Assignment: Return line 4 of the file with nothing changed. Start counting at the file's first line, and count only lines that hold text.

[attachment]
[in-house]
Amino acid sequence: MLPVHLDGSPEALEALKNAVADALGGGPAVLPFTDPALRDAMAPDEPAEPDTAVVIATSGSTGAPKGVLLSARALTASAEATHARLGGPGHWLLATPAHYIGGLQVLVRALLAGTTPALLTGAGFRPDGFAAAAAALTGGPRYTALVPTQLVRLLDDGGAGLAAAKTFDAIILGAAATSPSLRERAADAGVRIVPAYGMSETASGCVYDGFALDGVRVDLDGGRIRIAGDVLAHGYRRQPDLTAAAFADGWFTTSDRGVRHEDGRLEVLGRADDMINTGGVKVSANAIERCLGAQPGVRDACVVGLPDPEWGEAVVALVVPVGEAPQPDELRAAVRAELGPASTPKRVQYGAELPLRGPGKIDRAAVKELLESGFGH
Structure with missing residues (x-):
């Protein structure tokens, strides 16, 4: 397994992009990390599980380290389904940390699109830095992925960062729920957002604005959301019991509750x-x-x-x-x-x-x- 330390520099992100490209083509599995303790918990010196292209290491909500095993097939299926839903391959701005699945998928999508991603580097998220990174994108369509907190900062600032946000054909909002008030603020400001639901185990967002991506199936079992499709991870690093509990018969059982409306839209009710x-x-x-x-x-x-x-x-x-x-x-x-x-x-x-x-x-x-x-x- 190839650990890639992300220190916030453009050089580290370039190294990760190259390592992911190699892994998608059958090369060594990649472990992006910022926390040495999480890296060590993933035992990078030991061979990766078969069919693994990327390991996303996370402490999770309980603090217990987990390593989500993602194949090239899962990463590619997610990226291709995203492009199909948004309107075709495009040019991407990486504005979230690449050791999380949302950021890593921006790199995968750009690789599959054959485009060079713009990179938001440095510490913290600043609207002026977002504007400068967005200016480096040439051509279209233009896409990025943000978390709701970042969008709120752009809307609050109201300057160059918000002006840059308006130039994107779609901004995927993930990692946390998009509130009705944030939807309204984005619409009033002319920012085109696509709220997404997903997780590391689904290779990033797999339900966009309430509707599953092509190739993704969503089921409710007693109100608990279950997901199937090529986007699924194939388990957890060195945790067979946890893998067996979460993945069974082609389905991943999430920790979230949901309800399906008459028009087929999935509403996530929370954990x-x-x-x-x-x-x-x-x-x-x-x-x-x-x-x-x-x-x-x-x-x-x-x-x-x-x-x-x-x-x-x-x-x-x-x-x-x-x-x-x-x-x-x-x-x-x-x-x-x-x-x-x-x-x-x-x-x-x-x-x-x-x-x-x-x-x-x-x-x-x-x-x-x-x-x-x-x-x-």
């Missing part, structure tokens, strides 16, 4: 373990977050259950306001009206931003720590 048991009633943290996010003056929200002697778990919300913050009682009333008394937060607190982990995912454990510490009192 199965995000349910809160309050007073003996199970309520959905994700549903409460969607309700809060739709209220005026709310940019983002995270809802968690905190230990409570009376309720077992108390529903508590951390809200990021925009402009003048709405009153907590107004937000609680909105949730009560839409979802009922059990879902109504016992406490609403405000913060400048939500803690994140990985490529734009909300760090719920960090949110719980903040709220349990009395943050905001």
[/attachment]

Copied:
């Protein structure tokens, strides 16, 4: 397994992009990390599980380290389904940390699109830095992925960062729920957002604005959301019991509750x-x-x-x-x-x-x- 330390520099992100490209083509599995303790918990010196292209290491909500095993097939299926839903391959701005699945998928999508991603580097998220990174994108369509907190900062600032946000054909909002008030603020400001639901185990967002991506199936079992499709991870690093509990018969059982409306839209009710x-x-x-x-x-x-x-x-x-x-x-x-x-x-x-x-x-x-x-x- 190839650990890639992300220190916030453009050089580290370039190294990760190259390592992911190699892994998608059958090369060594990649472990992006910022926390040495999480890296060590993933035992990078030991061979990766078969069919693994990327390991996303996370402490999770309980603090217990987990390593989500993602194949090239899962990463590619997610990226291709995203492009199909948004309107075709495009040019991407990486504005979230690449050791999380949302950021890593921006790199995968750009690789599959054959485009060079713009990179938001440095510490913290600043609207002026977002504007400068967005200016480096040439051509279209233009896409990025943000978390709701970042969008709120752009809307609050109201300057160059918000002006840059308006130039994107779609901004995927993930990692946390998009509130009705944030939807309204984005619409009033002319920012085109696509709220997404997903997780590391689904290779990033797999339900966009309430509707599953092509190739993704969503089921409710007693109100608990279950997901199937090529986007699924194939388990957890060195945790067979946890893998067996979460993945069974082609389905991943999430920790979230949901309800399906008459028009087929999935509403996530929370954990x-x-x-x-x-x-x-x-x-x-x-x-x-x-x-x-x-x-x-x-x-x-x-x-x-x-x-x-x-x-x-x-x-x-x-x-x-x-x-x-x-x-x-x-x-x-x-x-x-x-x-x-x-x-x-x-x-x-x-x-x-x-x-x-x-x-x-x-x-x-x-x-x-x-x-x-x-x-x-």